Revision Hip Replacement
What is a Revision Hip Replacement?
In the past, patients have been educated that Hip Replacements only last 15 years before requiring revision. Changes to the quality of implant materials and surgical technique have led to improvements in revision rates in more recent decades. The Australian Joint Registry reports the revision rate of below 10% after 19 years, which is lower than most people would expect.
What warrants a Revision Hip replacement?
A Revision Total Hip Replacement is required when a primary (first time) hip replacement fails. There are various causes for hip replacement failure that may prompt the need for revision surgery, including:
The exact procedure of revision surgery varies with each individual case. The surgery usually involves removal of some or all of the existing components which are exchanged for new parts. The procedure must address the cause of failure and aim to restore a stable functional joint. Revision Hip Replacement can be complex due to impacts from scar tissue related to the previous surgery. Some cases are complicated by resorption of normal bone tissue which may require specially designed implants or even bone grafting to achieve adequate fixation.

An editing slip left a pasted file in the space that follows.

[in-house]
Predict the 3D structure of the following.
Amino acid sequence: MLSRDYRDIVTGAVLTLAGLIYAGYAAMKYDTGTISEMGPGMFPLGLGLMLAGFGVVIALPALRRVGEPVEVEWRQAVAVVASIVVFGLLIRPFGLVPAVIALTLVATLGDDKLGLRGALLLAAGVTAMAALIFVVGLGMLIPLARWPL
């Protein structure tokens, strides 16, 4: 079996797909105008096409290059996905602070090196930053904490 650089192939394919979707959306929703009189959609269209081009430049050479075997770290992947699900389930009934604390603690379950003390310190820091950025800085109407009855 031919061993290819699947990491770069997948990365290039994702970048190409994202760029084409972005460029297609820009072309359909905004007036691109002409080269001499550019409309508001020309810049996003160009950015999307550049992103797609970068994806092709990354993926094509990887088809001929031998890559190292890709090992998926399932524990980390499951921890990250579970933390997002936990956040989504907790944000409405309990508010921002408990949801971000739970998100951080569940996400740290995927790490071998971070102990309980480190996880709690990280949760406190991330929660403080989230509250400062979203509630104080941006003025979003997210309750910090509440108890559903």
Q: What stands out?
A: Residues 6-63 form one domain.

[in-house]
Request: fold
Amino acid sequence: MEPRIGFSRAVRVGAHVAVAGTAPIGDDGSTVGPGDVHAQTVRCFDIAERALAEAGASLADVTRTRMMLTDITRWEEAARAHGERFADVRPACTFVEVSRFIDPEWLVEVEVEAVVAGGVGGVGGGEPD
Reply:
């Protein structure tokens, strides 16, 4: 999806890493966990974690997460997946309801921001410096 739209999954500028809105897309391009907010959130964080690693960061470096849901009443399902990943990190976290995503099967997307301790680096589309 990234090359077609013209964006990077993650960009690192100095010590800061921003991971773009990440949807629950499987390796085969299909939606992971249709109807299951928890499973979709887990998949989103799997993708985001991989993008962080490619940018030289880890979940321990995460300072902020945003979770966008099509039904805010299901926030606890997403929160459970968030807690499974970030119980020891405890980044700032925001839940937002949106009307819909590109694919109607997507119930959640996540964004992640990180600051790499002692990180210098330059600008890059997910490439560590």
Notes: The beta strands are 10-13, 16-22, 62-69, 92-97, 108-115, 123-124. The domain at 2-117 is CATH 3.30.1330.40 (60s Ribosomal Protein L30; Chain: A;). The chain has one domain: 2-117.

When revision surgery is performed for deep infection, then it may require the surgery to be done over two stages in order to eradicate the infection. This involves removal of the old prosthesis and insertion of a temporary prosthesis with antibiotic impregnated cement, followed the insertion of the final implant.
The risks and complications of Revision Total Hip Replacement are similar to those that may occur with Primary (1 st time) Hip Replacement, but they occur much more frequently in the revision setting. If your hip is failing, Dr Woodbridge will provide a thorough assessment and help you to weigh up the risks and benefits of revision surgery.